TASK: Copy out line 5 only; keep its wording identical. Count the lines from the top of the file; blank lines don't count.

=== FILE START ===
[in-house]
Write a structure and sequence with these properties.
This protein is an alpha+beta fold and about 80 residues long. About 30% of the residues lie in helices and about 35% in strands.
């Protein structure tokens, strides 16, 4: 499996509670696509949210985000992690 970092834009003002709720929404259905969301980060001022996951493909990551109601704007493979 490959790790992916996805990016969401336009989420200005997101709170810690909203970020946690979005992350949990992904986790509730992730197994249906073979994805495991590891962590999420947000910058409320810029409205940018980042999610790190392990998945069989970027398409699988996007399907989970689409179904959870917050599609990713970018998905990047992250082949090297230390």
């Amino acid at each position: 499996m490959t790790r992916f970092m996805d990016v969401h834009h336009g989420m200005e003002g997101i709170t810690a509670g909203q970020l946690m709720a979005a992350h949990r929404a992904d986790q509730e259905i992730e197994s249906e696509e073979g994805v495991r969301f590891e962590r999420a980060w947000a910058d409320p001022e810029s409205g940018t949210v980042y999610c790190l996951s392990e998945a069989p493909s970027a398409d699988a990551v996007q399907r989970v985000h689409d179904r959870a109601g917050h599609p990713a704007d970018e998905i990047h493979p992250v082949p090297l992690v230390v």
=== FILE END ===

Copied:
């Amino acid at each position: 499996m490959t790790r992916f970092m996805d990016v969401h834009h336009g989420m200005e003002g997101i709170t810690a509670g909203q970020l946690m709720a979005a992350h949990r929404a992904d986790q509730e259905i992730e197994s249906e696509e073979g994805v495991r969301f590891e962590r999420a980060w947000a910058d409320p001022e810029s409205g940018t949210v980042y999610c790190l996951s392990e998945a069989p493909s970027a398409d699988a990551v996007q399907r989970v985000h689409d179904r959870a109601g917050h599609p990713a704007d970018e998905i990047h493979p992250v082949p090297l992690v230390v």